Not all praying is effective. If this were not the case, our lives and the world we live in would be radically different. Just think of all that has been offered up to God as “prayer,” and you will soon realize how ineffective many of those requests have been. The Lord makes it abundantly clear that our praying is first of all a matter of the position of our hearts as revealed by the profession of our lips. That’s why, in Luke 18:9-17, Jesus commends the penitent tax collector and criticizes the Pharisee. At issue was the heart of each man.
I once spoke with a bleary-eyed man who declared proudly that he had just spent the night in prayer. Unfortunately, his agitated spirit and sighs of resignation betrayed him. Could this man have tarried through the night with the Master? In all probability, he had simply allowed the Lord to watch him worry through the night hours. Nothing could be more energy consuming and less effective! That is not praying.
If we desire to pray effectively, or with definite results, we would do well to reconsider the pattern our Lord prescribed in the Sermon on the Mount. In that pointed address, Jesus made it clear that the major concern is where the heart is. We are to “pray in this way,” urged our Lord, helping us to understand that it is “out of the abundance of a man’s heart that he speaks” (Luke 6:45). The manner of our praying, after all, reveals that which fills our hearts.
Jesus made it clear that four elements should so fill our hearts that they rise to the surface as we pray.
1. Reverence for the Person of God. “Our Father Who is in heaven, hallowed be Your Name” (Mt 6:9). Effective pray-ers are taken with the majesty, holiness, and magnitude of God. They do not approach Him as one would a mere man, casually, or even carelessly muttering out of distracted spirit. They have been allowed, in the Name of Jesus, to stand before the Creator of the universe. His Presence is nothing short of overwhelming!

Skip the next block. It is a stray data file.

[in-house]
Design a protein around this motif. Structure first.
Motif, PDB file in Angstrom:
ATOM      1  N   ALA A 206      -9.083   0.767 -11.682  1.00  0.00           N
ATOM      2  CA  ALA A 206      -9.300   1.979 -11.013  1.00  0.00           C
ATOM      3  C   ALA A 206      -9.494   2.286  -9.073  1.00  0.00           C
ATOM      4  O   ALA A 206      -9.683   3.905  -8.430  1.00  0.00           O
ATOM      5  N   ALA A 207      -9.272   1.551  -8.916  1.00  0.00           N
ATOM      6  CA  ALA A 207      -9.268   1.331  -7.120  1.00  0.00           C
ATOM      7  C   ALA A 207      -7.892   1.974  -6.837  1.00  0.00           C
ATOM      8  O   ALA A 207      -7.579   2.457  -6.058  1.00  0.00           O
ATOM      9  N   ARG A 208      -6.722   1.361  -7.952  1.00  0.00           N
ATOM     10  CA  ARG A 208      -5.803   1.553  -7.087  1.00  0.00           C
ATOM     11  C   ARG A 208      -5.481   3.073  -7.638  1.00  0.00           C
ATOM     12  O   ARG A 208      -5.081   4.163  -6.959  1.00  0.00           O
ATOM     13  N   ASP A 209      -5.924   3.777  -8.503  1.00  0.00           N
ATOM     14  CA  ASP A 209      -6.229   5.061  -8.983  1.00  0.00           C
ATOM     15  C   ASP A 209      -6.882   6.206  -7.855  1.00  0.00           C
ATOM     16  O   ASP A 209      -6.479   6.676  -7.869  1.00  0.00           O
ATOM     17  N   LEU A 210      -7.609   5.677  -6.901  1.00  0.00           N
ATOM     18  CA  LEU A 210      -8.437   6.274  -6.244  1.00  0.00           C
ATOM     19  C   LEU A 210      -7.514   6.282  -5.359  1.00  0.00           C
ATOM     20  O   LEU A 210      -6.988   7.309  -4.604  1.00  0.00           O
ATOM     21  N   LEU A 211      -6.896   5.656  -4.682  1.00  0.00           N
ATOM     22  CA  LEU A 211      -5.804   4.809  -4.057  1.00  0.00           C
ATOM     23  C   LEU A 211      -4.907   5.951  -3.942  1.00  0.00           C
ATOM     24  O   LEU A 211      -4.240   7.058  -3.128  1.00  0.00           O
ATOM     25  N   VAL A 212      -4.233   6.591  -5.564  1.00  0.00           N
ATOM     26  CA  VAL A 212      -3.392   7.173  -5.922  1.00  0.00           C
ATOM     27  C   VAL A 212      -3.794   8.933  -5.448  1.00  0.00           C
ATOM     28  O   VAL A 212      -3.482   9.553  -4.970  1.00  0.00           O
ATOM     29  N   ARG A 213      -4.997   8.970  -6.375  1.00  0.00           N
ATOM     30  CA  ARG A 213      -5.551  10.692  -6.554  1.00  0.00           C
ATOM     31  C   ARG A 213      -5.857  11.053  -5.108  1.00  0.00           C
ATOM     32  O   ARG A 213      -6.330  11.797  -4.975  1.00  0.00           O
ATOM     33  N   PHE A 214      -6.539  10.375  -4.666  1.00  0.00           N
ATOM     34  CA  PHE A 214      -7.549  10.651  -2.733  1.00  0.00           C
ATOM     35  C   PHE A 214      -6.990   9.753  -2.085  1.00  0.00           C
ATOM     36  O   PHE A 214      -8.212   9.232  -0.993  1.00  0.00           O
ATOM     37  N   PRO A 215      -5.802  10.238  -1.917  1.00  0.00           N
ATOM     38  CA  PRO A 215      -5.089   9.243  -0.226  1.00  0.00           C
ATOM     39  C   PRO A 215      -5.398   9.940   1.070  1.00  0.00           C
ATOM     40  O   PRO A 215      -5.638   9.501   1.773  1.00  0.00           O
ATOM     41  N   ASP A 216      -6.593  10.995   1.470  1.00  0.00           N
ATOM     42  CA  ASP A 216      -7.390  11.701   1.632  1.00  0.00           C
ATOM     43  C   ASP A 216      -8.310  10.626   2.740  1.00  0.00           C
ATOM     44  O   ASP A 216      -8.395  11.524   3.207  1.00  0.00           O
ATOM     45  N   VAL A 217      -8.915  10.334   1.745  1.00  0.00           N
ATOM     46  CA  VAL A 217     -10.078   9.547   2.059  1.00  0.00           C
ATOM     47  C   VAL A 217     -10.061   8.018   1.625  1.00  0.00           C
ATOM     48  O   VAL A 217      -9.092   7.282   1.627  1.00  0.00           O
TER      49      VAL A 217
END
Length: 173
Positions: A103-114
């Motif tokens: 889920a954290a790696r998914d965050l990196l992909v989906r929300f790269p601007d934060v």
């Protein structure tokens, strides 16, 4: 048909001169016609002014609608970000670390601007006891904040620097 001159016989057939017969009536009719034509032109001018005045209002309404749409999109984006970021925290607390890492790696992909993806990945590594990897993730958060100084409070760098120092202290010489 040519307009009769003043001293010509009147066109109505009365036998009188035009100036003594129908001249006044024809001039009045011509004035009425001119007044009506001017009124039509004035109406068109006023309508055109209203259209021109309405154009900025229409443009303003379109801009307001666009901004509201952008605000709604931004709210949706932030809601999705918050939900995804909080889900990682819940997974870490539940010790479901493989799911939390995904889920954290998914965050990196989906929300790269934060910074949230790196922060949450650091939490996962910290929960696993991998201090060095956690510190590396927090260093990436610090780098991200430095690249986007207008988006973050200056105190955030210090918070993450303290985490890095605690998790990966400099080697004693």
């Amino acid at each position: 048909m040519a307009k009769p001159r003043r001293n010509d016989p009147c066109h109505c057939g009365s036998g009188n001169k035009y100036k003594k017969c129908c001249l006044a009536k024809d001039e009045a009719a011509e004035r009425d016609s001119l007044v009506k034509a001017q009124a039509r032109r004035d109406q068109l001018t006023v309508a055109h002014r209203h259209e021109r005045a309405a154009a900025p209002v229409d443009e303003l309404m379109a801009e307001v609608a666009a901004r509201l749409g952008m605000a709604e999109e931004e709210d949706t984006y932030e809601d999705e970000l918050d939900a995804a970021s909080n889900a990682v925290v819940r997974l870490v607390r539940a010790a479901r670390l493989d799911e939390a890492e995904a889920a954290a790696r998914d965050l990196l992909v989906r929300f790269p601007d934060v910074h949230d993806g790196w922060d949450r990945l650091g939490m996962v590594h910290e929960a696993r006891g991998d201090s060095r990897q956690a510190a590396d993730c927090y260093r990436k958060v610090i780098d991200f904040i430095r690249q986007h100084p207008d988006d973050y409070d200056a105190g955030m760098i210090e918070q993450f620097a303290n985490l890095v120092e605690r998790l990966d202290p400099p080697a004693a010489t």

2. Recognition of the Purpose of God. “Your kingdom come, Your will be done, on earth as it is in heaven” (Mt 6:10). The purpose of God in allowing us the privilege of prayer, is not that we should get what we want, but what He wants in our lives. Friends often tease me about what I believe is God’s plan for getting all we want. If I could just get to the place in life where all I want for my life is all God wants for my life, then all my life I will have all I want, and He will have all of me He wants. I stand by that, and believe it is the primary purpose of prayer. The outcome, of course, is nothing less than a surrendered heart.
3. Request for the provision of God. “Give us this day our daily bread. And forgive us our debts as we forgive our debtors. And do not lead us into temptation, but deliver us from evil” (Mt 6:11-13a). Notice how even these requests reveal the position of the heart. They speak of contentment (enough for today), confidence (forgiveness and a forgiving spirit) and consecration (deliverance from temptation and the evil one) .
4. Rest in the Preeminence of God. “For Yours is the kingdom and the power and the glory forever. Amen” (Mt 6:13b). I have no struggle with the fact that some early manuscripts do not contain this closing phrase. It seems consistent to me that the Lord would, in effect, bring this model prayer to a close in essentially the same way He began, with an attribution to the glory of God. Much of our praying seems to begin with God and end with man! It is as if once our need is expressed, we somehow need to give God some further hints as to who could solve the issue, and how it should be resolved successfully. We should be seeking Divine effectiveness in prayer, not mere human success!
As we pray for spiritual awakening, it would be wise to consider what it means to pray effectively.
Otherwise, our much praying will little avail.
2 Tim 1:12
Note: During the month of September, LifeWay is featuring the book A Passion for Prayer. I encourage you to stop by and ask for a copy.